...never judge a book by its movie

Tuesday, June 12, 2012

Quick Takes - Portrait in Sepia by Isabel Allende // Extremely Loud & Incredibly Close by Jonathan Safran Foer

Welcome to a new feature that I'll introduce on Tuesdays.  I read a LOT of books, not just review books.  With all of the review books, how do I find time and room to review from my personal reading pile?  My solution:  Quick Takes - A quick look at a book with the Goodreads description and a quickie paragraph or two.

This week, we have two TOTALLY different types of books for review:  "Portrait in Sepia" by Isabel Allende and "Extremely Loud & Incredibly Close" by Jonathan Safran Foer.




Portrait in Sepia by Isabel Allende

I won a copy of this title from Amy at The House of the Seven Tails

Goodreads description:

Internationally celebrated novelist Isabel Allende has written a magnificent historical novel set at the end of the nineteenth century in Chile, a marvelous family saga that takes up and continues the story begun in her highly acclaimed Daughter of Fortune

Recounted in the voice of a young woman in search of her roots, Portrait in Sepia is a novel about memory and family secrets. Aurora del Valle suffers a brutal trauma that shapes her character and erases from her mind all recollection of the first five years of her life. Raised by her ambitious grandmother, the regal and commanding Paulina del Valle, she grows up in a privileged environment, free of the limitations that circumscribe the lives of women at that time, but tormented by horrible nightmares. When she is forced to recognize her betrayal at the hands of the man she loves, and to cope with the resulting solitude, she decides to explore the mystery of her past. 

Portrait in Sepia is an extraordinary achievement: richly detailed, epic in scope, intimate in its probing of human character, and thrilling in the way it illuminates the complexity of family ties.

Quick Take:  I read "Daughter of Fortune", somehow skipped the middle novel, "The House of the Spirits", and read the third-in-series.  (I didn't know it was a series until I started reading this one and realized that I had read of this family before).  Great historical, multigenerational, character-driven fiction with enough drama to keep you reading as much as possible.  Allende is a truly gifted writer, and this is a marvelous book.

Rating:  4.5 out of 5 stars

2012 Books Won Reading Challenge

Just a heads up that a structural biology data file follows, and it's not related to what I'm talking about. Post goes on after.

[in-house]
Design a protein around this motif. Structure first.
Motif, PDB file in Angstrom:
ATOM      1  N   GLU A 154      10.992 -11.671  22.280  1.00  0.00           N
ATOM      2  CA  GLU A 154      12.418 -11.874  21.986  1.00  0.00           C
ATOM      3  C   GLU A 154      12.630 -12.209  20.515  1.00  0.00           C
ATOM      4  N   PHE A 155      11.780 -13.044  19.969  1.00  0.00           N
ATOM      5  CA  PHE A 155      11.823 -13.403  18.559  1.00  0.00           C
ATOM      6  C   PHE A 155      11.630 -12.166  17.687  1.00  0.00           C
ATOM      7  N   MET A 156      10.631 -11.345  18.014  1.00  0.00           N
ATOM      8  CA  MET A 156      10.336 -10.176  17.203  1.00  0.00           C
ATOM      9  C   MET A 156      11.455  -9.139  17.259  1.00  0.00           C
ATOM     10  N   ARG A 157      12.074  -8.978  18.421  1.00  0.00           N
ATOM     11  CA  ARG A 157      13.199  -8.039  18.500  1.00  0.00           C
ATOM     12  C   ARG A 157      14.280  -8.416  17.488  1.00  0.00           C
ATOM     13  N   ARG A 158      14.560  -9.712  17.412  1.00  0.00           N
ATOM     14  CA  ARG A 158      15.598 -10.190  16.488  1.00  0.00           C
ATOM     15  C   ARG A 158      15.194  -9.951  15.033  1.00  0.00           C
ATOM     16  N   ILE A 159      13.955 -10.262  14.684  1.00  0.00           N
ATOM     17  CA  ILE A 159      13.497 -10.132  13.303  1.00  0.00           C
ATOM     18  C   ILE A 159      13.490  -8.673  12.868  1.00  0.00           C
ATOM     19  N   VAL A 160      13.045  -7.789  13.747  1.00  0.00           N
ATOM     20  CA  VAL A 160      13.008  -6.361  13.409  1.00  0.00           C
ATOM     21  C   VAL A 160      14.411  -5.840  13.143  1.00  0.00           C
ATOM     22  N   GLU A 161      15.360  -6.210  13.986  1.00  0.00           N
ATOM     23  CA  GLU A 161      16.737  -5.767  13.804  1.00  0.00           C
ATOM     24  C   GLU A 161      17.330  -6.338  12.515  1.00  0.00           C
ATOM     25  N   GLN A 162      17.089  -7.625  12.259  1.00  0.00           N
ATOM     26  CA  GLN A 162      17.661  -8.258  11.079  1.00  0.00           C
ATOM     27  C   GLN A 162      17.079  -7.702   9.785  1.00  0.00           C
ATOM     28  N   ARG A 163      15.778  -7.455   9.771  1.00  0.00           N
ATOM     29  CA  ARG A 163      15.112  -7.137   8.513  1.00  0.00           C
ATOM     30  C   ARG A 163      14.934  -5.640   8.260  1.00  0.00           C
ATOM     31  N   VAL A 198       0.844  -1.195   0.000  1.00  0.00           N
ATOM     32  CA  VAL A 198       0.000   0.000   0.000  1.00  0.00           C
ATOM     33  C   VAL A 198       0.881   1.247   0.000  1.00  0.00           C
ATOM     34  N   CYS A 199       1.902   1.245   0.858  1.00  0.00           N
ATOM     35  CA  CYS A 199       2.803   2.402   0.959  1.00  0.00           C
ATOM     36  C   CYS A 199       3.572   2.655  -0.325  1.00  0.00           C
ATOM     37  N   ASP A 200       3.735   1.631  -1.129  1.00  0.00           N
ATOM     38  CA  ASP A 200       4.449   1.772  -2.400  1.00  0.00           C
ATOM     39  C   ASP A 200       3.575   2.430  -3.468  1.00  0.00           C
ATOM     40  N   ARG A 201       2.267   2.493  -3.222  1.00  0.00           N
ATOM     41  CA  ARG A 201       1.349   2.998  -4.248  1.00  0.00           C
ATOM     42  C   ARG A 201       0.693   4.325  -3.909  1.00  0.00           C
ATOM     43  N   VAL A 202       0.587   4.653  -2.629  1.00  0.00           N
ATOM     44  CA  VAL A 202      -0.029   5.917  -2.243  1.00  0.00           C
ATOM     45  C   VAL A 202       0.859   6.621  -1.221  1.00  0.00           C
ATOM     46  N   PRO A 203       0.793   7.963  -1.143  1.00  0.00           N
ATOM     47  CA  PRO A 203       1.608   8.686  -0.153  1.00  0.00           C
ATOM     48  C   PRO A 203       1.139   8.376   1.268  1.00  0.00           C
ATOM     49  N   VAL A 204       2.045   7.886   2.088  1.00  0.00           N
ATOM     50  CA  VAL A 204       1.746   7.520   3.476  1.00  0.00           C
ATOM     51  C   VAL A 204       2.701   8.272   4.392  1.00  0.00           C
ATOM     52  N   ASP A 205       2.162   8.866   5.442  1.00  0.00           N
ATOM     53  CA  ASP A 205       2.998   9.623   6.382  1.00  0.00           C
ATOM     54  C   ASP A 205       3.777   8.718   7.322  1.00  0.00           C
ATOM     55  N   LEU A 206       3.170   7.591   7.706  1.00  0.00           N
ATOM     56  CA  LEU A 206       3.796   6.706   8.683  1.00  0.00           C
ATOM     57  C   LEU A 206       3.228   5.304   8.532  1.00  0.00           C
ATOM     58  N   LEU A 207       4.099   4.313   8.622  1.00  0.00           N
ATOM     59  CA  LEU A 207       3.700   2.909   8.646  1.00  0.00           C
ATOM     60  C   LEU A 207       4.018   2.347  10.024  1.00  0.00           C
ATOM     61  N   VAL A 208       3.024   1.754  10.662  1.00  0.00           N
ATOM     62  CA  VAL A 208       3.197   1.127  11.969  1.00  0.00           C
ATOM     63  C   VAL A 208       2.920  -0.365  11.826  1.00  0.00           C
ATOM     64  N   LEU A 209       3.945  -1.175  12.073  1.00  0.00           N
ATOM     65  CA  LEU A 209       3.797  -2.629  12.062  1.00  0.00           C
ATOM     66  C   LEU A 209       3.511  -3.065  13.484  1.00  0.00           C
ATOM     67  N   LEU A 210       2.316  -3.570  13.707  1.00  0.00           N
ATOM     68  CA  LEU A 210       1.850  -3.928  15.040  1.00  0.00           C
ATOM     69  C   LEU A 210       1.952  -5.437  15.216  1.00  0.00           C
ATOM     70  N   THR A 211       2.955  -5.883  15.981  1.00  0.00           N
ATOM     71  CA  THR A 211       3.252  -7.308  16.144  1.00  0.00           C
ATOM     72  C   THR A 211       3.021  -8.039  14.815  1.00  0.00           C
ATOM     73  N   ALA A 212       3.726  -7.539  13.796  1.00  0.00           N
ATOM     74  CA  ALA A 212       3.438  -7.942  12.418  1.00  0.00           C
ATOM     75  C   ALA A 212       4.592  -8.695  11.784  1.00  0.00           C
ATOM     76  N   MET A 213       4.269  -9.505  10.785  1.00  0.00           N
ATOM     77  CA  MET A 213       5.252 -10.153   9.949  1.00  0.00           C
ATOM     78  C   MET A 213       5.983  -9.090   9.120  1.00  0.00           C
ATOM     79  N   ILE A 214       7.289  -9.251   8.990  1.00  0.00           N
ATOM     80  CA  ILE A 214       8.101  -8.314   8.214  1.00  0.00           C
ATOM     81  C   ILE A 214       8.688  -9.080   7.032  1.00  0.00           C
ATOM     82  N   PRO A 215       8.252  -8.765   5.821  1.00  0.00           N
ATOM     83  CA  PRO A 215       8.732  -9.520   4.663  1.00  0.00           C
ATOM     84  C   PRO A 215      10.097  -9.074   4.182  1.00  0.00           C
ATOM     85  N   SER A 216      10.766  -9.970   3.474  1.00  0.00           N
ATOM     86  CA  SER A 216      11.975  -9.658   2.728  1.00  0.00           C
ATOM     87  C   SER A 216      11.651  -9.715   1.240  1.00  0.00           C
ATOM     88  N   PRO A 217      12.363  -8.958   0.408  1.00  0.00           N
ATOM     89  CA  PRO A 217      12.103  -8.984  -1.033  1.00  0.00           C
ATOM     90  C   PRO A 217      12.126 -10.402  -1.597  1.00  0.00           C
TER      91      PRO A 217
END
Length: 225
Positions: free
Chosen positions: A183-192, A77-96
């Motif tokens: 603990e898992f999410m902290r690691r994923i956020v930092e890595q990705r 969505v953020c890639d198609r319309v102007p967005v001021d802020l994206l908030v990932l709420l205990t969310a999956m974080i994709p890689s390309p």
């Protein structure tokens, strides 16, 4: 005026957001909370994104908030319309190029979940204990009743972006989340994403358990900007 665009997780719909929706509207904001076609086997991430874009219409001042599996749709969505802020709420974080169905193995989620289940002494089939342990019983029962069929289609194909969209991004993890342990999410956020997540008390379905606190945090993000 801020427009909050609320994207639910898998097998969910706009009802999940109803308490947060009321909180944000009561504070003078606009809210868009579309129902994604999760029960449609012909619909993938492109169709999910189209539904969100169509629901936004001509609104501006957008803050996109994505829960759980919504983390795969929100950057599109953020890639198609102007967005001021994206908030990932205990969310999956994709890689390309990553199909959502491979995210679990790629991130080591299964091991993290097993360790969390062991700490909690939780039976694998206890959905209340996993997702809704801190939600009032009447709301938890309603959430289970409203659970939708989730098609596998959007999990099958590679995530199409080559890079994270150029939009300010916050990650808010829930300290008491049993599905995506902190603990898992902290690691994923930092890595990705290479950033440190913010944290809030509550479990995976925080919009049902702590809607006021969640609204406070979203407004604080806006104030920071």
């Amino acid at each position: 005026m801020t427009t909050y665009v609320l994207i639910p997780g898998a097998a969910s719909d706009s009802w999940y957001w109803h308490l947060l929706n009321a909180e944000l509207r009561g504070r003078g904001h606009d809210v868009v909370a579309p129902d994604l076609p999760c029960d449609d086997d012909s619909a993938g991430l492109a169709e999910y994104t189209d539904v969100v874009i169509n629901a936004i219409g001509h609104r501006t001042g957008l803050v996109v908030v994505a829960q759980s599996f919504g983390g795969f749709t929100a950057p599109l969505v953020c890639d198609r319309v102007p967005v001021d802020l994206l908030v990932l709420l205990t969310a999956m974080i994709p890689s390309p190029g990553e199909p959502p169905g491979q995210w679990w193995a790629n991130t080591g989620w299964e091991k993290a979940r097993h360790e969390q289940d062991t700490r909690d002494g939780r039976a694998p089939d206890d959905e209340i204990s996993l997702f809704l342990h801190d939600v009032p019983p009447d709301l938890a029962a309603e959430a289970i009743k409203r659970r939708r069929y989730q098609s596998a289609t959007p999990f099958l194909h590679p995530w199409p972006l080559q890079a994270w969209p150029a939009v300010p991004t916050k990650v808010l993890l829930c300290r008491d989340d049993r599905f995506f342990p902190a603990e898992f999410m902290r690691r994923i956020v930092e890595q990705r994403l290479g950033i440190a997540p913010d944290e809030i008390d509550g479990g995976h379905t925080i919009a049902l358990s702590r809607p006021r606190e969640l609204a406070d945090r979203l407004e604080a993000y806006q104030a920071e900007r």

One of my listed titles for the 2012 Books Won Reading Challenge



Extremely Loud & Incredibly Close by Jonathan Safran Foer

This was a book chosen for an online book club discussion.


Goodreads description:

Jonathan Safran Foer emerged as one of the most original writers of his generation with his best-selling debut novel, Everything Is Illuminated. Now, with humor, tenderness, and awe, he confronts the traumas of our recent history.

Nine-year-old Oskar Schell has embarked on an urgent, secret mission that will take him through the five boroughs of New York. His goal is to find the lock that matches a mysterious key that belonged to his father, who died in the World Trade Center on the morning of September 11. This seemingly impossible task will bring Oskar into contact with survivors of all sorts on an exhilarating, affecting, often hilarious, and ultimately healing journey.


Quick Take:   I can't even say I wasn't warned.  If this hadn't been a discussion book, I likely would not have finished it.  It's "smart", I guess - maybe too smart for me.  I kept backtracking and reading super slowly, thinking maybe it was just me (and that could possibly be the case).  It was very gimmicky:  the formatting was odd, the writing itself was confusing, and I just couldn't get my head around ANY of the characters.   I closed this book thinking, "Oh, my gosh!  All of that time wasted when I could have read something I would have enjoyed."  I'm in the minority here, and that's OK.  This one just wasn't my cup of tea.

Rating2 out of 5 stars


That's all for this week's Quick Takes; let me know what you think!

BLOGGERS:  Have you reviewed either of these books? If so, please feel free to leave a link to your review in the comments section; I will also add your link to the body of my review.  

Julie

1 comments:

  1. I only kept reading Extremely Loud and Incredibly Close because I thought well maybe I hadn't gotten to the part that made people give it 5 stars, but I never found it. I would go as far as saying the formating was horrendous and makes it just about unreadable in places. We shall be in the minority together.

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